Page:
×

Sysco yo-yos after earnings

Sysco Corp. brand styrofoam cups sit stacked in a warehouse at the company's distribution center in Concord, North Carolina.
Luke Sharrett | Bloomberg | Getty Images
Sysco Corp. brand styrofoam cups sit stacked in a warehouse at the company's distribution center in Concord, North Carolina.

Shares of Sysco failed to hold all-time highs Monday after reporting earnings and its view on the impact of the U.K. vote to leave the European Union.

The food marketer and distributor recently agreed to acquire the U.K.-based food distributor Brakes in a transaction valued about $3.1 billion. Amid the uncertainty around the implications of Brexit, "we've seen some softening there in that market," CEO Bill DeLaney said in a Dow Jones report late Monday morning.

Sysco closed 3 cents lower at $52.18 a share. Earlier, the stock spiked more than 3 percent to hit $53.97, its highest going back to its initial public offering in 1970 after reporting earnings that topped expectations.

Sysco 10-year performance


Wells Fargo Securities Senior Analyst Zachary Fadem said despite some short-term industry softness, "I don't think that takes away from profitability gains and accretion in M&A going forward." Fadem has an "outperform" rating on the stock.

Sysco reported fiscal fourth-quarter adjusted earnings of 64 cents a share versus expectations of 61 cents a share. Revenue rose 10 percent from the same period last year to $13.6 billion, a touch below expectations of $13.68 billion.

"I am very pleased with our performance during fiscal 2016, as we made significant progress toward our three-year plan financial objectives," DeLaney said in the earnings release. "During the year, we had strong local case growth, improved our gross profit, managed expenses well and drove increased operating income."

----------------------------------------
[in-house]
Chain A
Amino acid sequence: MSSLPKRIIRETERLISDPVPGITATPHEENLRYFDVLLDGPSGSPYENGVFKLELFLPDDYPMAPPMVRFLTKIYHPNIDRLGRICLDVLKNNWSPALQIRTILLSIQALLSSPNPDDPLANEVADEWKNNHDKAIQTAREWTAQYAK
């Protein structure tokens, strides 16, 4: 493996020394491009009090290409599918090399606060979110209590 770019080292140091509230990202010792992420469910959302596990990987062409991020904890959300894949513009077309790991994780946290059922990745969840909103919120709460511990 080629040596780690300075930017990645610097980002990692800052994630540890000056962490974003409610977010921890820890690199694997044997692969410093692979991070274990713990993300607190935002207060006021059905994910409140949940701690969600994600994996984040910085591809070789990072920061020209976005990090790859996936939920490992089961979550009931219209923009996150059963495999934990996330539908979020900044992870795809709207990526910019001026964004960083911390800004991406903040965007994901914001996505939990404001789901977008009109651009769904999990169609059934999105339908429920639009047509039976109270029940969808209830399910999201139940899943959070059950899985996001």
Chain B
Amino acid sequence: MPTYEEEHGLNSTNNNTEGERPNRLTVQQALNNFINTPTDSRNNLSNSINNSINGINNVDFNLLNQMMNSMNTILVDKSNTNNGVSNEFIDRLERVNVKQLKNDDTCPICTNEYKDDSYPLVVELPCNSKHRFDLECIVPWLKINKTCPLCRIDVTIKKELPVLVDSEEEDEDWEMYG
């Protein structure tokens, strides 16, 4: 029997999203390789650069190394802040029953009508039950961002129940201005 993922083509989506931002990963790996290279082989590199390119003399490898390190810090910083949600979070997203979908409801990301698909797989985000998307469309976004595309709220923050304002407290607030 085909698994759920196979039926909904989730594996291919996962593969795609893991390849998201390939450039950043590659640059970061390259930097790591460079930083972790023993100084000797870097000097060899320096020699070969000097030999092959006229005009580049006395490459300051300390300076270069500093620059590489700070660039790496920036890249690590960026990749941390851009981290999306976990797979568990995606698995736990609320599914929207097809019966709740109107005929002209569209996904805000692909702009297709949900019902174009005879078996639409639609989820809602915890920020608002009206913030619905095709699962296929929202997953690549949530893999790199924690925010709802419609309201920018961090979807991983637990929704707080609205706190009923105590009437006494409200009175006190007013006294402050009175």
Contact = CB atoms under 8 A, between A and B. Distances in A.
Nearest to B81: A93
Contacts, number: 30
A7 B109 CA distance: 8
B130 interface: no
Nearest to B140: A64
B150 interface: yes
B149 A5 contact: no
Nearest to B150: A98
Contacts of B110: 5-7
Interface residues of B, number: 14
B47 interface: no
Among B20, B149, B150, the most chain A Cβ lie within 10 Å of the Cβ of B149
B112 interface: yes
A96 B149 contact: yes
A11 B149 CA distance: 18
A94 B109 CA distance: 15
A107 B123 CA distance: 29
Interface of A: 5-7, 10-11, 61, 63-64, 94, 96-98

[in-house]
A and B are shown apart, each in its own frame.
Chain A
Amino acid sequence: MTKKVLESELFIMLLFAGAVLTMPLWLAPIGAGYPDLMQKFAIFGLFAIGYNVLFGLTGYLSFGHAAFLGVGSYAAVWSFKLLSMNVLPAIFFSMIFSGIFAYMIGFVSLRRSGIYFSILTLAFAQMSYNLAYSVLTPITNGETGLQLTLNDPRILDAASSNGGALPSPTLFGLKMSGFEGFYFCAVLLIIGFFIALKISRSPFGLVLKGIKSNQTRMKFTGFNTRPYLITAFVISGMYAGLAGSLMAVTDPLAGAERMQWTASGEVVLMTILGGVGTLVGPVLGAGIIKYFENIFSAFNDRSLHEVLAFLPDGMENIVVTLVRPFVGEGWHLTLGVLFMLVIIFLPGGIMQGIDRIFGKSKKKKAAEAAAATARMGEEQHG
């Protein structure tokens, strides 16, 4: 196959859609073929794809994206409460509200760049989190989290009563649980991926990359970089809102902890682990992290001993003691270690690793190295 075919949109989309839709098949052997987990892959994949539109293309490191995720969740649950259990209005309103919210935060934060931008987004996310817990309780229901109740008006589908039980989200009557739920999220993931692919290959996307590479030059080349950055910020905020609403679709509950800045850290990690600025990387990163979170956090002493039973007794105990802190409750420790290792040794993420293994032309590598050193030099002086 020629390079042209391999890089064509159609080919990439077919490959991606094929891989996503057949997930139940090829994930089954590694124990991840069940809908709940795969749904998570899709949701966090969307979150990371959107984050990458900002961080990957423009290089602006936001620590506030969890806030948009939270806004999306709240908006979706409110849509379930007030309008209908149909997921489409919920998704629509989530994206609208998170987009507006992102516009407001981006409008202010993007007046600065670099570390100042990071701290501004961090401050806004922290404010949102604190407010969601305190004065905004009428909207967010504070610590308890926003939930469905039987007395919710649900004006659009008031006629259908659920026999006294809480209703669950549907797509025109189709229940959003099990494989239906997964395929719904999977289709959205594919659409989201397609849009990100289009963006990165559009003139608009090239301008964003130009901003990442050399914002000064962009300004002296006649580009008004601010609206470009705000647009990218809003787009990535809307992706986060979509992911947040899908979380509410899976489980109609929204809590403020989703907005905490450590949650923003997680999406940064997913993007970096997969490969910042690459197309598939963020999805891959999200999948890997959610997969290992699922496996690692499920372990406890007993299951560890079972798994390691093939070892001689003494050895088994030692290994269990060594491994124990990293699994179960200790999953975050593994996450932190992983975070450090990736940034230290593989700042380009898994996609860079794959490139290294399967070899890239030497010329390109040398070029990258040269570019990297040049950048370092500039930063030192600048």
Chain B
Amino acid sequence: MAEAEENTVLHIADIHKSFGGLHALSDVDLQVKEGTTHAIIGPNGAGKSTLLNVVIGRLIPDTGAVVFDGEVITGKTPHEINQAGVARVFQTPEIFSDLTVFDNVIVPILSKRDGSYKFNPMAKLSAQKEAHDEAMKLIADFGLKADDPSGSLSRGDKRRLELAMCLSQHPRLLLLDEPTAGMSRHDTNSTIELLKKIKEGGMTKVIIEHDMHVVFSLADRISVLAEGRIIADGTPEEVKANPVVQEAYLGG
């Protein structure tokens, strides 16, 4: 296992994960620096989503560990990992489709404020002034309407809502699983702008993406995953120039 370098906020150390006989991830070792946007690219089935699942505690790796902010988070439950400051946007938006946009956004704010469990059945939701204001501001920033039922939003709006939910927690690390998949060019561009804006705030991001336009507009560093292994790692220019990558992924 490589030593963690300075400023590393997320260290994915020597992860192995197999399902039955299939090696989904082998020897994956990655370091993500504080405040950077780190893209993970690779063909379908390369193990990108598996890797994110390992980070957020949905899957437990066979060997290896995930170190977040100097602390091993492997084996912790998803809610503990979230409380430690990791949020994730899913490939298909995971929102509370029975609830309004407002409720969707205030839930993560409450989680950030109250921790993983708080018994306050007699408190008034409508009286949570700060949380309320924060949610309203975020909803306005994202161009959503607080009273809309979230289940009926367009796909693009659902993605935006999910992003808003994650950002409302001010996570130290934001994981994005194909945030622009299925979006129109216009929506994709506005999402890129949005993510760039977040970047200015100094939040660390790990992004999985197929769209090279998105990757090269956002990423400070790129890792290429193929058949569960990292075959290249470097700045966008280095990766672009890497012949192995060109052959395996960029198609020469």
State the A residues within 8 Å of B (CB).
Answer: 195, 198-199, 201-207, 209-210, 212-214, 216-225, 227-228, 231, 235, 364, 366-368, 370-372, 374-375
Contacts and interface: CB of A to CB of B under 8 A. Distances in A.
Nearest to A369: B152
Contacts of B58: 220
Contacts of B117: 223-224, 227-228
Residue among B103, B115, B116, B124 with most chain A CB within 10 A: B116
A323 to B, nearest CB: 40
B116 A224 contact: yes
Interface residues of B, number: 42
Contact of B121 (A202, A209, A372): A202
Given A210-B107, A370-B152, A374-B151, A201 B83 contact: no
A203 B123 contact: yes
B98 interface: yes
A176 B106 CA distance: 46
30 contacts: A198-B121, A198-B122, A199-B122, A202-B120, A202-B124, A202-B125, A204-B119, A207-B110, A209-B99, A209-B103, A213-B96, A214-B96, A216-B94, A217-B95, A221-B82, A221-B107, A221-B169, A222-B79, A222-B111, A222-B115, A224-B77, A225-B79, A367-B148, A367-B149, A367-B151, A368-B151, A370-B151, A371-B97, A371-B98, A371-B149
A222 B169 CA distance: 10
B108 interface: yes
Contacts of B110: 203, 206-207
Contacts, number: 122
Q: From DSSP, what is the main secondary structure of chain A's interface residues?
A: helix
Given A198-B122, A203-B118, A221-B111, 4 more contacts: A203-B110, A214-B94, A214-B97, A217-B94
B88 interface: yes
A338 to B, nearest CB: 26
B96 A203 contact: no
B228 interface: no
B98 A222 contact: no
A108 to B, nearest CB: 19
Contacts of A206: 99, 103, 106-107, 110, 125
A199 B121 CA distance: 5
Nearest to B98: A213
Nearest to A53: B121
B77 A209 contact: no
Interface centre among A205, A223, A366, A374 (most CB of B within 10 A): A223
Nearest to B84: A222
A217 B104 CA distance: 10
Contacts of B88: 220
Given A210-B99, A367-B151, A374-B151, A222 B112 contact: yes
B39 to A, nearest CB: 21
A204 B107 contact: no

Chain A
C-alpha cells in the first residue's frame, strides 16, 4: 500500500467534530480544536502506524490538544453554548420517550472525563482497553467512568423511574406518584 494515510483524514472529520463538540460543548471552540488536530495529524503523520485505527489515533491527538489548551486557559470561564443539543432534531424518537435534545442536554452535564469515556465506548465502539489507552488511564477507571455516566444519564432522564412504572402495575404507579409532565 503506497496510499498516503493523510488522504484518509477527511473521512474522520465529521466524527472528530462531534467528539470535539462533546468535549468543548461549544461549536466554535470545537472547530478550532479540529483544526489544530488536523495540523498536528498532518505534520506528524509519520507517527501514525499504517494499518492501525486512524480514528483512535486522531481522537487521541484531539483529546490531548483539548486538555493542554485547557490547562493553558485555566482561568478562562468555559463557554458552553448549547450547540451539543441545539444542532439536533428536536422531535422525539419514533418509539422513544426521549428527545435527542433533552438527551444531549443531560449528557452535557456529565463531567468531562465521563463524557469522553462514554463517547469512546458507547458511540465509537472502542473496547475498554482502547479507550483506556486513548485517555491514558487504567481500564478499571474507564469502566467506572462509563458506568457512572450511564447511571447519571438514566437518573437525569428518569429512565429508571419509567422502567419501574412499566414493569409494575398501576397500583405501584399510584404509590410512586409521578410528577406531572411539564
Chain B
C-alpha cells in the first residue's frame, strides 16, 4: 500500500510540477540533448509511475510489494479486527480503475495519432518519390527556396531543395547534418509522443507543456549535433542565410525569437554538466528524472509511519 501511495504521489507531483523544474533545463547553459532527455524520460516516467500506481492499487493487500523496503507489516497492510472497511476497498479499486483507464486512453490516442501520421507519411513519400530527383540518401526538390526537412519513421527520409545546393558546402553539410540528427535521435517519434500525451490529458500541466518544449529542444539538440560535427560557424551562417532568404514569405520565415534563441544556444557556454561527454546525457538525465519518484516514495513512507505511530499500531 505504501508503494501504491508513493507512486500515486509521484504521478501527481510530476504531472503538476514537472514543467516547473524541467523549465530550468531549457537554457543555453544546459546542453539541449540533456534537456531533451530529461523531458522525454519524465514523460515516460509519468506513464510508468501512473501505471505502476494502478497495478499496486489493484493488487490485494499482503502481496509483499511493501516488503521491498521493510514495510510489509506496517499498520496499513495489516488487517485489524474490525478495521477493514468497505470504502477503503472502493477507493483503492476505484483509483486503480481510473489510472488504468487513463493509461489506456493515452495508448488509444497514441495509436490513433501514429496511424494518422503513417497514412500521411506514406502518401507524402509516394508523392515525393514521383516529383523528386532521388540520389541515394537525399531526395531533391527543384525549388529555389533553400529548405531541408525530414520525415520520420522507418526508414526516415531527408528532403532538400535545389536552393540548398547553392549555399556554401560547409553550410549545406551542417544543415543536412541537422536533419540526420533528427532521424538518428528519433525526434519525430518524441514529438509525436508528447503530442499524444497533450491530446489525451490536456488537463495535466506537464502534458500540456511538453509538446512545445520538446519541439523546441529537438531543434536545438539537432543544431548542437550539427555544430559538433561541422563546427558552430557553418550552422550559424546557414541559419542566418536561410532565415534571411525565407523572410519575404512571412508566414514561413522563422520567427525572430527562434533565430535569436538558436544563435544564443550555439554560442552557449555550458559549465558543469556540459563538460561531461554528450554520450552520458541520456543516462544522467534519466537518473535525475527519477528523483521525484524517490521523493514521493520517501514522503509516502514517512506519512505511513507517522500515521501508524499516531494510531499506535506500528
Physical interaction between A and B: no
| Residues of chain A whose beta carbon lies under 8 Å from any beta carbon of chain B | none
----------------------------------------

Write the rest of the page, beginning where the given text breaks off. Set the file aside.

Sales were helped by a 10.1 percent increase in total broadline case growth, while acquisitions completed in the last 12 months increased sales by 1.2 percent. Foreign exchange rates decreased sales by half a percent.

Overall food cost deflation was 1.2 percent, primarily due to lower prices for meat and dairy products.

Gross margin increased 44 basis points to 18.3 percent and gross profit rose 12.7 percent to $2.5 billion.

"The environment remains sluggish and intensely competitive but Sysco has continued to generate growth despite these headwinds," said Erin Lash of Morningstar, which has a "hold" on the stock."

However, she said high valuation "suggests investors wait until a more attractive level."

The forward price-to-earnings ratio is 22.6 versus 17.5 for the S&P 500, according to FactSet. The stock has gained nearly 30 percent for the year so far, making it the second-best performer in the S&P 500 consumer staples sector.

Separately, a Friday SEC filing showed that as of June 30, activist investor Nelson Peltz's Trian Fund Management increased its stake in Sysco to 7.8 percent, making it the top investor in the company.